Democrats aim for big gains in state legislatures

Democrats aim for big gains in state legislatures
SUNFISH LAKE, Minn. — Bolstered by an unpopular Republican president and favorable winds in suburban districts, Democrats see a golden opportunity to win back hundreds of state legislative seats across the country, rebuilding a bench decimated by midterm election results in 2010 and 2014.
 
The favorable conditions represent the Democratic Party’s first chances to claim some control over the decennial redistricting process, which begins after the 2020 census.
 
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Democrats found themselves at a massive disadvantage after losing hundreds of seats in 2010, just before the last redistricting process cemented Republican control of Congress.
 
Today, the GOP holds 67 of 99 legislative chambers across the country. The GOP holds exactly 1,000 more seats than Democrats, 4,134 to 3,134.
 
 
This year, voters will elect state legislators to fill 6,073 seats in 87 chambers. 
 
Republicans expect to lose some of their historic edge: The party that controls the White House loses an average of about 350 seats in state legislatures in midterm elections. Democrats lost more than 960 seats during the two midterms when former President Obama was in office.
 
Those seemingly mammoth swings come because state legislative seats are notoriously tied to national political trends.
 
Legislative candidates with little money to spend can be swept away at the whims of an electorate aiming to punish the party that holds the White House. 
 
Democrats have more than a dozen Republican-held state legislative chambers on their radar this year, including in Minnesota, where Republicans hold slim majorities in both the state House and the state Senate.
 
“Democrats have put all of their eggs in the basket that Minnesotans will hate Donald Trump,” said Kurt Daudt, the Republican Speaker of the Minnesota state House. “Out in greater Minnesota, Trump is more popular than he was two years ago. In the suburbs, Trump is less popular.”
 
There is an even number of Democrats and Republicans currently in the state Senate, and only a single vacancy on the ballot, in a Republican-held district.
 
In the state House, the GOP holds an 11-seat edge, including a seat in this white collar suburb of St. Paul where a Republican won by just 121 votes in 2016.
 
“The fire’s in the belly of Democrats,” said Matt Klein, a Democratic state senator who represents this area.
 
Democrats are within five seats of reclaiming control of state Senates in Arizona, Colorado, Florida, Maine, New Hampshire, New York and Wisconsin.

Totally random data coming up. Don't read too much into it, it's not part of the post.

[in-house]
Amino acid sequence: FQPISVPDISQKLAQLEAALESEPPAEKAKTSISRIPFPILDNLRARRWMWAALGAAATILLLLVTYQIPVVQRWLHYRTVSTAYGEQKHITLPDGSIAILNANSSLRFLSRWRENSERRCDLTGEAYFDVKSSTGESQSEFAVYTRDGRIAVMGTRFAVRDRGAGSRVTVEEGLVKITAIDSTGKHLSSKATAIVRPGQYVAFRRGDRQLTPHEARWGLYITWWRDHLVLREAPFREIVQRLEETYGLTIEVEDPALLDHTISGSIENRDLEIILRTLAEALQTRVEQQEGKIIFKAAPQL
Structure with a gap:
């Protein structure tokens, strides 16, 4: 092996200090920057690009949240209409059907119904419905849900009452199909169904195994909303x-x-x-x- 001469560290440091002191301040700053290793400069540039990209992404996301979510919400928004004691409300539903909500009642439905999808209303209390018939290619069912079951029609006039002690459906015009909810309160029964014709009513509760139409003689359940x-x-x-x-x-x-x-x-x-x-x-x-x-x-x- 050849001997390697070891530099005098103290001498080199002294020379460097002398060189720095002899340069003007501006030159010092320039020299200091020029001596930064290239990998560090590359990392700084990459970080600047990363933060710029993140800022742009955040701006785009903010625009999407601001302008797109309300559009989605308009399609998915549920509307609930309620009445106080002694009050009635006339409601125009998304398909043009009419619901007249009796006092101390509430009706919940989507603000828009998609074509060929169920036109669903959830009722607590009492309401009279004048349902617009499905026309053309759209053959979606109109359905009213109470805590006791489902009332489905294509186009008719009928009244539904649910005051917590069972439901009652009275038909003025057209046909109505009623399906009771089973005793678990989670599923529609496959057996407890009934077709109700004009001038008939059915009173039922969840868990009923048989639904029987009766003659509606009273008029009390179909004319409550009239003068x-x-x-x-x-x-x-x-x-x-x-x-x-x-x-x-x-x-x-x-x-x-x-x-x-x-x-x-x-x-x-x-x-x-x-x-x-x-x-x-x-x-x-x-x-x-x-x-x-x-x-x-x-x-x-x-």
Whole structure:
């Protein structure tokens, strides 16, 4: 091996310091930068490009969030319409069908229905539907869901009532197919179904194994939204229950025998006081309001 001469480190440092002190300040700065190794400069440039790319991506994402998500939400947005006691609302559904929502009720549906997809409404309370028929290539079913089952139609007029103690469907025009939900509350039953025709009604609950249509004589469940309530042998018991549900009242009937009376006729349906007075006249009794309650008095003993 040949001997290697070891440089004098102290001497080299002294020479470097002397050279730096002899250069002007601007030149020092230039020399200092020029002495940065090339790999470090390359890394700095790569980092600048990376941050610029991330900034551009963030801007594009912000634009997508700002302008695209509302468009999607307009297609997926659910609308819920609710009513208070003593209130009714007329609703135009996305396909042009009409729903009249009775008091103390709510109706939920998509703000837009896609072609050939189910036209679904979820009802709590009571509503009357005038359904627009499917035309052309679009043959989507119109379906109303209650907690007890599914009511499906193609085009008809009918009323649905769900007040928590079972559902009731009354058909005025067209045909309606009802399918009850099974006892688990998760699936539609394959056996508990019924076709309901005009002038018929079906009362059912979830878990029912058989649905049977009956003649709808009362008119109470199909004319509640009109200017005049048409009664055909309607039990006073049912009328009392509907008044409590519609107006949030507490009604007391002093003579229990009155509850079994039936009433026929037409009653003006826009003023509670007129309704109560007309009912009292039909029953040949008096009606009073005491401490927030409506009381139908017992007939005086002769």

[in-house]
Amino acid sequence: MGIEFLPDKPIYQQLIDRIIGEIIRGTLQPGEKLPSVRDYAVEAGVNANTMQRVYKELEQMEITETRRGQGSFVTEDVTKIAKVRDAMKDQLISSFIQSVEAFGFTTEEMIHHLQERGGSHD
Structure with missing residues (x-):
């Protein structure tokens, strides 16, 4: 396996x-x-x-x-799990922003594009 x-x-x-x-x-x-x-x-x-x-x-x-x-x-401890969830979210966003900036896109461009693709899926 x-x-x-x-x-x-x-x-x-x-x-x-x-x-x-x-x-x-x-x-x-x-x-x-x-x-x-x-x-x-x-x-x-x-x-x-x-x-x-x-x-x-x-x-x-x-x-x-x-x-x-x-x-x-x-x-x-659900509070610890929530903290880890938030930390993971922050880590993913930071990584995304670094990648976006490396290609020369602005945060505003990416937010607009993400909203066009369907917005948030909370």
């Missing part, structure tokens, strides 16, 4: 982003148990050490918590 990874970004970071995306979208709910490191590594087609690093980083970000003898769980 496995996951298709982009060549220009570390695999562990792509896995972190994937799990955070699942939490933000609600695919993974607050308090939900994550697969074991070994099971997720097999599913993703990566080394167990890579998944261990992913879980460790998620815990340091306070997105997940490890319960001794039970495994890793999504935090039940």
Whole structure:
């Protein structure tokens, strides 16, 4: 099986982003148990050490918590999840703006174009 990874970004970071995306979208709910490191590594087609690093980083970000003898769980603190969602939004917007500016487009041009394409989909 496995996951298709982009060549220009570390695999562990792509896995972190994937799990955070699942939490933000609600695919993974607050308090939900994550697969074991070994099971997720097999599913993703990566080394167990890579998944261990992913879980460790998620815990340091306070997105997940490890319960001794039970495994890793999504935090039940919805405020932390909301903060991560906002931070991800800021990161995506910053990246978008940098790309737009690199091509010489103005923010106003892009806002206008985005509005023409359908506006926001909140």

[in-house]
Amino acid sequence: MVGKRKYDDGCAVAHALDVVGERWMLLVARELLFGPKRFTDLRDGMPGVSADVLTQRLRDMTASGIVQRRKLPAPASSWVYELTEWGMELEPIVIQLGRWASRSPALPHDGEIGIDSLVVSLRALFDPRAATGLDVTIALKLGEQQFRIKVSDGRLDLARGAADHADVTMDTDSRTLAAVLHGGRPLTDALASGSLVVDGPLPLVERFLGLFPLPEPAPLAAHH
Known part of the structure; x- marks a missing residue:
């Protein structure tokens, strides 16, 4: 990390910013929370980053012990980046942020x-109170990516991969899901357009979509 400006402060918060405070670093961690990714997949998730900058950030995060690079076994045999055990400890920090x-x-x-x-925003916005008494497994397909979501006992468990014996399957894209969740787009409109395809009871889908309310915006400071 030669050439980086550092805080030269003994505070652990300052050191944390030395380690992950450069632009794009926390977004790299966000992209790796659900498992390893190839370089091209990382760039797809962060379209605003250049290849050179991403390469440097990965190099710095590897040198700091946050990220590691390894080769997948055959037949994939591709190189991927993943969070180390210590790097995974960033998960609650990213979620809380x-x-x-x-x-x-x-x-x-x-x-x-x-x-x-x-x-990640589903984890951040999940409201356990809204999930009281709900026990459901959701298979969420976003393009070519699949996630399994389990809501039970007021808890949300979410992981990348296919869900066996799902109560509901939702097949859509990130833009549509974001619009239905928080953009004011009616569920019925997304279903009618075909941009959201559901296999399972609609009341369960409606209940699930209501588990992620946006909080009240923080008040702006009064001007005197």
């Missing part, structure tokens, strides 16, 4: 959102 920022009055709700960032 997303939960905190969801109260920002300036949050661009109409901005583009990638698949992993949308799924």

The party is only a handful of seats away from winning control of lower chambers in Michigan and New Hampshire, too.
 
“There is more Democratic enthusiasm than I have seen in the last few cycles. That’s a reality I can’t ignore,” said Robin Vos, the Republican speaker of the Wisconsin state Assembly. “Democrats for the first time became frustrated with what’s happening in Washington.”
 
Republicans are not without their own opportunities. Democrats hold only slim majorities in both chambers of the Connecticut legislature, where the state budget and higher taxes weigh heavily on voters’ minds.
 
Republicans will also try to make inroads in the New Mexico House, the Nevada Senate and both Democratic-controlled chambers in Washington and Oregon.
 
In Alaska, a bipartisan coalition controls the state House even though Republicans hold more seats.
 
Though state legislators are usually consumed by vexing local issues like infrastructure, education and jobs, both parties say their members are frequently caught up in a national conversation over which they have little control.
 
“It’s really hard to break through. There’s so much news at the federal level that anything you try to put out there is eclipsed,” said Scott Fitzgerald, the Republican president of the Wisconsin Senate.
 
In New Hampshire, where 400 people sit in the state House of Representatives, swings of 100 or more seats in a given election cycle are not uncommon — especially when a president is unpopular, as President TrumpDonald John TrumpProsecutors investigating Trump inaugural fund, pro-Trump super PAC for possible illegal foreign donations: NY Times George Conway: Why take Trump's word over prosecutors' if he 'lies about virtually everything' Federal judge says lawsuit over Trump travel ban waivers will proceed MORE is in many targeted states.
 
Hints of a Democratic wave have come in special elections in a handful of states, from Wisconsin to New Hampshire, Florida to Missouri this year. In 2018, Democrats have won control of ten seats formerly held by Republicans in special elections.
 
But Republicans have flipped two important Democratic-held seats too, in exurban Pittsburgh and along the U.S.-Mexico border in Texas.
 
Most state legislatures have a significant influence over the decennial redistricting process. State senators elected this year, most of whom will serve four-year terms, will be in office when the next re-mapping takes place between 2020 and 2022.
 
The last redistricting process helped Republicans cement their majorities not only in Congress, but also in many state legislative chambers themselves. Democrats say this year, the wind may be sufficiently at their backs to overcome even the most unfavorable district boundaries.
 
“They gerrymandered the hell out of these districts, but we think we have a shot at winning back these seats,” said Michigan Senate Democratic Leader Jim Ananich. Twenty-six of Michigan’s 38 state senators face term limits this year; Democrats need to win back nine seats to regain control.